If one eats before a meal in a number of cases one is exempt from making a Bracha Achrona because it is exempted by the Birkat HaMazon after the meal. In other cases, though, the foods are not exempted and require a Bracha Achrona as usual. Lastly, in the cases where there is a dispute as regards to the halacha, one should be strict to avoid that situation. See further for details.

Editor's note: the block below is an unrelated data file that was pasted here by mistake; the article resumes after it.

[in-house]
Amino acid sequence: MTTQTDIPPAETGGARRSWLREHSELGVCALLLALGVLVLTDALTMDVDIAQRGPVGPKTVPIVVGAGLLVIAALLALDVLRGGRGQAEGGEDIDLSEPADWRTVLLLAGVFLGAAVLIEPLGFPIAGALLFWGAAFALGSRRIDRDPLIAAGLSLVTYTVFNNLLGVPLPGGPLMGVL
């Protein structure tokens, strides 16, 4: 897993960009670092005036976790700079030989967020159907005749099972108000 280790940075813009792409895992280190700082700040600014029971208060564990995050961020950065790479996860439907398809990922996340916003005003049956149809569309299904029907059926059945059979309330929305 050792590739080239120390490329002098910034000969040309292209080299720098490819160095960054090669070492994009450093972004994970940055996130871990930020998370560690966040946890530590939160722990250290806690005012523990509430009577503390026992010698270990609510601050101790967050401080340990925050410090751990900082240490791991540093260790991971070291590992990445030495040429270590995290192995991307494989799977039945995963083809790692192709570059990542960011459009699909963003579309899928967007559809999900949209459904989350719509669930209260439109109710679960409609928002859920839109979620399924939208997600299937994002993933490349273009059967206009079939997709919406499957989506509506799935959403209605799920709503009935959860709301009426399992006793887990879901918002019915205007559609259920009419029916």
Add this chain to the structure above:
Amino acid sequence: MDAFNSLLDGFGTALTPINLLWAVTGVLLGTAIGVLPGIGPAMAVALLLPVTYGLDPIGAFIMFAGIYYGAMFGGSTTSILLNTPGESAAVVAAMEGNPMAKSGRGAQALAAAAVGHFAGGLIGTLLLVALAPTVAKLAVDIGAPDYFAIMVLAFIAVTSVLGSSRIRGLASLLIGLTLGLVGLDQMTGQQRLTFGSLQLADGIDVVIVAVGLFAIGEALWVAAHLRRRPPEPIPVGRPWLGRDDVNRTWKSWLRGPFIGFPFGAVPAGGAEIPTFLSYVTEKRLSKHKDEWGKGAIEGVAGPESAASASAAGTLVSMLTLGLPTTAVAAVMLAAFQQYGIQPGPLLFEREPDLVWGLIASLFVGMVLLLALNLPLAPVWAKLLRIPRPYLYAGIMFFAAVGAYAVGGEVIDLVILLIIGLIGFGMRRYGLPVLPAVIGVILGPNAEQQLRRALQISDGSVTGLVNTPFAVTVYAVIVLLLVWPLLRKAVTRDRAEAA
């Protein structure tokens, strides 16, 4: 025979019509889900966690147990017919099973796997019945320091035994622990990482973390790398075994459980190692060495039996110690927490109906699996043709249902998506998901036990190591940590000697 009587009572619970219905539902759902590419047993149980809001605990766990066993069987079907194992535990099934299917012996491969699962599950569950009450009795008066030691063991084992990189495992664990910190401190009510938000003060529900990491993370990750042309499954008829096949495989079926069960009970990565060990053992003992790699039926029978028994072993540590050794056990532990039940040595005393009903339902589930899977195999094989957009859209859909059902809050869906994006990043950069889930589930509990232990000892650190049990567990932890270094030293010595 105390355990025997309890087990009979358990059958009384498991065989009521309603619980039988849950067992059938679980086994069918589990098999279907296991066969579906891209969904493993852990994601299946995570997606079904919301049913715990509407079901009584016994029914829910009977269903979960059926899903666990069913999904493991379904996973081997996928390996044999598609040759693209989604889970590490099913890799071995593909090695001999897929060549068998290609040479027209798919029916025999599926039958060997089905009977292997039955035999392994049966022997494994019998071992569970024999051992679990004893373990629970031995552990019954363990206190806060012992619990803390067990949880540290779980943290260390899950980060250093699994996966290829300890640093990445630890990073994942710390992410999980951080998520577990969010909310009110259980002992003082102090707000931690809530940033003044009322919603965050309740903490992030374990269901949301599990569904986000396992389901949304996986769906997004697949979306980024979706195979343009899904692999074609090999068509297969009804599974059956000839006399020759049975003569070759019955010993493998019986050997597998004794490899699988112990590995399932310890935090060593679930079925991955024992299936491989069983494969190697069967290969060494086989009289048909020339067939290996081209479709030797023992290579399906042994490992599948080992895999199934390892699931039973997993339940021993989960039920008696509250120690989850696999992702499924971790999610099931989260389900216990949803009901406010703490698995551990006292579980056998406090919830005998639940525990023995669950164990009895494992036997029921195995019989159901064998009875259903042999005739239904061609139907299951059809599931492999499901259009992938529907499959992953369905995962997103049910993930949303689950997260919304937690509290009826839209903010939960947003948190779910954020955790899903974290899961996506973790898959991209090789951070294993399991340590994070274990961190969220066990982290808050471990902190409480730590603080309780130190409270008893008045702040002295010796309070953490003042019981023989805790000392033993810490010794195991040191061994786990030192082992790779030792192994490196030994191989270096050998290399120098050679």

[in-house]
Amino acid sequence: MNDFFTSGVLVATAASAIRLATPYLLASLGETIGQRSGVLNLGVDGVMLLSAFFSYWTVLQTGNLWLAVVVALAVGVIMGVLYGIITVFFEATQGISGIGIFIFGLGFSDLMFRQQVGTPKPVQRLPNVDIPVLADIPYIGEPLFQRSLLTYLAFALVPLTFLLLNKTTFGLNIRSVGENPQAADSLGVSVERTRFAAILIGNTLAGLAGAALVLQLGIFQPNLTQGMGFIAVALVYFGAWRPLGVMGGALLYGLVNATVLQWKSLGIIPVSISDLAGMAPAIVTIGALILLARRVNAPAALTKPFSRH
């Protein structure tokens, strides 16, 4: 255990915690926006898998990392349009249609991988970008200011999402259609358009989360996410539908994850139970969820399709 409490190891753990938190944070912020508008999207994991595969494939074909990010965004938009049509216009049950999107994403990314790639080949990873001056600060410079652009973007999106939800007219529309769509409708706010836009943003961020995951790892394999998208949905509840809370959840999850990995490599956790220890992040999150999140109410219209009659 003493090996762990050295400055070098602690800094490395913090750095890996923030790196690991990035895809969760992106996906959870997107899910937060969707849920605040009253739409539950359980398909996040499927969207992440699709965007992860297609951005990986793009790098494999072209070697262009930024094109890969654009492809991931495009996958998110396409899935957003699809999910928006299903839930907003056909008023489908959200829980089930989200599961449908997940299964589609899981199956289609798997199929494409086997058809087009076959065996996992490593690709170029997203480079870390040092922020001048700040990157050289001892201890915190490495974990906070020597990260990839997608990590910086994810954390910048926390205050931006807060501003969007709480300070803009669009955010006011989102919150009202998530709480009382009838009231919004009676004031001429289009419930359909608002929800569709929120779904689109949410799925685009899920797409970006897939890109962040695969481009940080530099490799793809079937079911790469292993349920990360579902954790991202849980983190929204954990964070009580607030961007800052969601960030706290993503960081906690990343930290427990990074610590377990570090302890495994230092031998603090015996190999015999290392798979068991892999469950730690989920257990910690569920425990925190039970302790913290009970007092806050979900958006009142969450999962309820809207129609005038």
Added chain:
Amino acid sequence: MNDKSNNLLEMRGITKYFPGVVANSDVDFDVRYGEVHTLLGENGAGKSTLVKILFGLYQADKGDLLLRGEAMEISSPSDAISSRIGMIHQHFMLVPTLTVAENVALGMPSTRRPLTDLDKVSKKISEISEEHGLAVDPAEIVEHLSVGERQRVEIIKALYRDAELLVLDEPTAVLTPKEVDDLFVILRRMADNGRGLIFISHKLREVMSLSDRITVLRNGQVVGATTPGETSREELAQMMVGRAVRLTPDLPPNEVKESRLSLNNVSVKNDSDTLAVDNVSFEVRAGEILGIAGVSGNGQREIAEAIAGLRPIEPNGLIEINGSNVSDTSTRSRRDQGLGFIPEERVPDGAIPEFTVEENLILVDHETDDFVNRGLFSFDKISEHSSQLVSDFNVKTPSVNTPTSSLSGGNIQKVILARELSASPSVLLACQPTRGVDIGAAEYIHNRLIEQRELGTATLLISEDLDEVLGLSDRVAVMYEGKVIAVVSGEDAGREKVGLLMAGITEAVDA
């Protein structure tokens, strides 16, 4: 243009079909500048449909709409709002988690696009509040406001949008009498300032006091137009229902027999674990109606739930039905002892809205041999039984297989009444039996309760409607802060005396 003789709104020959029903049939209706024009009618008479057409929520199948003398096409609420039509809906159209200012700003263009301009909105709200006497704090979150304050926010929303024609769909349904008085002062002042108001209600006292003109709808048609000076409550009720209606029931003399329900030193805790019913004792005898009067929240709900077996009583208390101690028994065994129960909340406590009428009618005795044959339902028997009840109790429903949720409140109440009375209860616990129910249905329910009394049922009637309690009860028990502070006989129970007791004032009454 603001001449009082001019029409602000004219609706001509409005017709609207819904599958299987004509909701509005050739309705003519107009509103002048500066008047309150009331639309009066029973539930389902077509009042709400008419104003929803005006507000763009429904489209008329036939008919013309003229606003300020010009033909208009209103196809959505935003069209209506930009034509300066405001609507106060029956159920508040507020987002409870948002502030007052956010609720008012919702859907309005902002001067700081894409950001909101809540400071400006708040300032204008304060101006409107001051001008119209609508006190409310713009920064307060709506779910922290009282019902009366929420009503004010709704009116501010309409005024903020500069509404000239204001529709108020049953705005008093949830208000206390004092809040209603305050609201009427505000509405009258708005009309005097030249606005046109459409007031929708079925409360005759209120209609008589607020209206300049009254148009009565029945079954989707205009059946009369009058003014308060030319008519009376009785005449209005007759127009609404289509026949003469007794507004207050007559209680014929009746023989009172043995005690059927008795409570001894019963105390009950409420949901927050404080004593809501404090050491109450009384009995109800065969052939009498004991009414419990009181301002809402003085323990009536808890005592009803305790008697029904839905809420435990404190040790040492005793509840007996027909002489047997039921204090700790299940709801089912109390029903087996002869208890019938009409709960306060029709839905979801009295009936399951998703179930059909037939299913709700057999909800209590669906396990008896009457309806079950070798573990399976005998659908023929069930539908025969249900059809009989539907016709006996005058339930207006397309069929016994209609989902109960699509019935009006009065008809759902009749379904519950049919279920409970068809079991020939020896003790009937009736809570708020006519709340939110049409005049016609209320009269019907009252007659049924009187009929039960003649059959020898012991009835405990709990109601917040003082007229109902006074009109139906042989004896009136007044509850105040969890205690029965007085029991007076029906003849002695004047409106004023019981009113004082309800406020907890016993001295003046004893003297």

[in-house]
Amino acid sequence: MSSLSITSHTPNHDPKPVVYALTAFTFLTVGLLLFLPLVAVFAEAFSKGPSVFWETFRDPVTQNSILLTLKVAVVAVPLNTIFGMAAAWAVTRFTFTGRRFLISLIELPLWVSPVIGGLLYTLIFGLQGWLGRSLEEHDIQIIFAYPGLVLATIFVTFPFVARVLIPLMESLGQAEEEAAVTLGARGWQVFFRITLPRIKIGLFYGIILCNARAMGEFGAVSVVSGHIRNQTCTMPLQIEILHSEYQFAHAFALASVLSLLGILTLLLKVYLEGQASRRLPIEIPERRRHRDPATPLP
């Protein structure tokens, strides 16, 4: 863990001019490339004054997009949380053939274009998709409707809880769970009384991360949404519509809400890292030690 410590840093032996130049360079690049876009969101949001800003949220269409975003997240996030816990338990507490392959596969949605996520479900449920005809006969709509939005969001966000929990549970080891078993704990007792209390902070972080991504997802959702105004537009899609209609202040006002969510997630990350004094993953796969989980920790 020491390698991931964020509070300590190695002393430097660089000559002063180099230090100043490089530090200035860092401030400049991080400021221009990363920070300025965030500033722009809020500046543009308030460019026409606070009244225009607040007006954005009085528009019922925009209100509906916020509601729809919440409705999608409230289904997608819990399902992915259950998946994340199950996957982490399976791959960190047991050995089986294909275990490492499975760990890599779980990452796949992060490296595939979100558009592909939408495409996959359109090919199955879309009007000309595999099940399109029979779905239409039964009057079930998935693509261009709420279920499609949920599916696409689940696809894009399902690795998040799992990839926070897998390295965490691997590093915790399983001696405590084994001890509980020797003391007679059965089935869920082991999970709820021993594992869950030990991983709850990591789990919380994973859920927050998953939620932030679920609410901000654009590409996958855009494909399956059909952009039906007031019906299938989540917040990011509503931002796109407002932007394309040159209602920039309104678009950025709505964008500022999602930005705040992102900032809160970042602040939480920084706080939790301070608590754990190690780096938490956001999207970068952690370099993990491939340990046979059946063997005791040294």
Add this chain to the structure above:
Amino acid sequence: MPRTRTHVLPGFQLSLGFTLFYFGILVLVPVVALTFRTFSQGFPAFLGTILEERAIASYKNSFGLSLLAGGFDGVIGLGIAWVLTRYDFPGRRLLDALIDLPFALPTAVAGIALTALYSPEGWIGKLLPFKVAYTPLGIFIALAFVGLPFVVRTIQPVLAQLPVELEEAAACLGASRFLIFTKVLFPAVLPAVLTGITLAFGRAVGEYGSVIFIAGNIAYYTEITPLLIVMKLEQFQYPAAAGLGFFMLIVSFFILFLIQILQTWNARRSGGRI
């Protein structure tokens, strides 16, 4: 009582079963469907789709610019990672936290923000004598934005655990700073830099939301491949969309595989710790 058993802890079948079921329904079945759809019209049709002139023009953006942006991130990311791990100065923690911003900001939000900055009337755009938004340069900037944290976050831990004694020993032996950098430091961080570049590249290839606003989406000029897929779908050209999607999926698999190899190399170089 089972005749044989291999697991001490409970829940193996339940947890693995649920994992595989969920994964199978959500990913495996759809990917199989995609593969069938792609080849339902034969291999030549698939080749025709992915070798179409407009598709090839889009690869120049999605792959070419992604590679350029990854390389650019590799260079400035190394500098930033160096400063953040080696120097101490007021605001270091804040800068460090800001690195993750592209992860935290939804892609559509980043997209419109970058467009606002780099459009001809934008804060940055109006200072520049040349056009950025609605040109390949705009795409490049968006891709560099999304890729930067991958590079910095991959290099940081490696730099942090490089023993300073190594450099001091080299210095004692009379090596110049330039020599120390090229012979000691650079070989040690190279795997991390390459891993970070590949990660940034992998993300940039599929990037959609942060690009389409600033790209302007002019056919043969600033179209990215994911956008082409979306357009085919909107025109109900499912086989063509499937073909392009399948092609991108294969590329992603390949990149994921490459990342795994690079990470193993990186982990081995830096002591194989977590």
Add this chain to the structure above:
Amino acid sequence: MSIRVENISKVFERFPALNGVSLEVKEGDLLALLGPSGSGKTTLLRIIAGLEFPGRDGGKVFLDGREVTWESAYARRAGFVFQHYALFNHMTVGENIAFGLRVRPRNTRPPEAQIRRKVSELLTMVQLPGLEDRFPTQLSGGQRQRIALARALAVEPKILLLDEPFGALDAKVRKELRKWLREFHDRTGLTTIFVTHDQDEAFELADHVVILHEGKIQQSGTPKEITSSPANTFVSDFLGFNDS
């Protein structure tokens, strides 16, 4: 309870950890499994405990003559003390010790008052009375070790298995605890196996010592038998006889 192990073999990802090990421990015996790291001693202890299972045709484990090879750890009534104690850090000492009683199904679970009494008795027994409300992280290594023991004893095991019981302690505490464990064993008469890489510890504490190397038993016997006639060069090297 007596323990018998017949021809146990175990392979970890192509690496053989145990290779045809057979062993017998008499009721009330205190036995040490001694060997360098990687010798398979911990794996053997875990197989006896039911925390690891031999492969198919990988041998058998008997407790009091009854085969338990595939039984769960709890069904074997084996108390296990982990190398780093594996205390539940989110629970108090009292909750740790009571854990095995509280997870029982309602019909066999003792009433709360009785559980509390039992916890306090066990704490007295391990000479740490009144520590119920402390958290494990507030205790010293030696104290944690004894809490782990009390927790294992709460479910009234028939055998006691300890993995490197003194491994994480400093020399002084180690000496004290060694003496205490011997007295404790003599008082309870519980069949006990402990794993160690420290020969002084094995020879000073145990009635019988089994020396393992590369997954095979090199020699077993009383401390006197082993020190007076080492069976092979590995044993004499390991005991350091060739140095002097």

# If a person drinks wine before a meal one should not make a Al Hagefen afterwards. However, because there is a dispute whether the wine is exempted by the Birkat HaMazon it is proper to avoid this situation by either by drinking a melo lugmav and not a reviyit, having intent when saying Birkat HaMazon that it should cover the wine, or have intent that one's Hagefen upon the wine before the meal should exempt the wine that one drinks in the middle of the middle as long as one does have wine in middle of the meal. <Ref>Vezot HaBracha (chap 9, p. 84) writes that because drinking wine before a meal involves a dispute one shouldn't make a brahca achrona. However, he quotes three advises from the poskim to avoid this situation. The first is to drink less than a reviyit in order not to become obligated in a bracha achrona. The next is to have in mind when making the Birkat Hamazon that it should exempt the wine one drank before the meal. Lastly, he advises that if one will drink wine in the middle of the meal that one has intent that the hagefen before the meal will exempt the wine in the meal. </ref># Regarding Kiddush, according to Ashkenazim it's preferable to drink a Melo Lugmav and not a Reviyit.<ref>Biur Halacha 174:6 D"H Vechen, Vezot HaBracha (chap 8, p 84)</ref> According to Sephardim, it's preferable to drink a Reviyit and have intent that the Birkat HaMazon should exempt the wine.<ref>Or Letzion (vol 2, 20:22)</ref>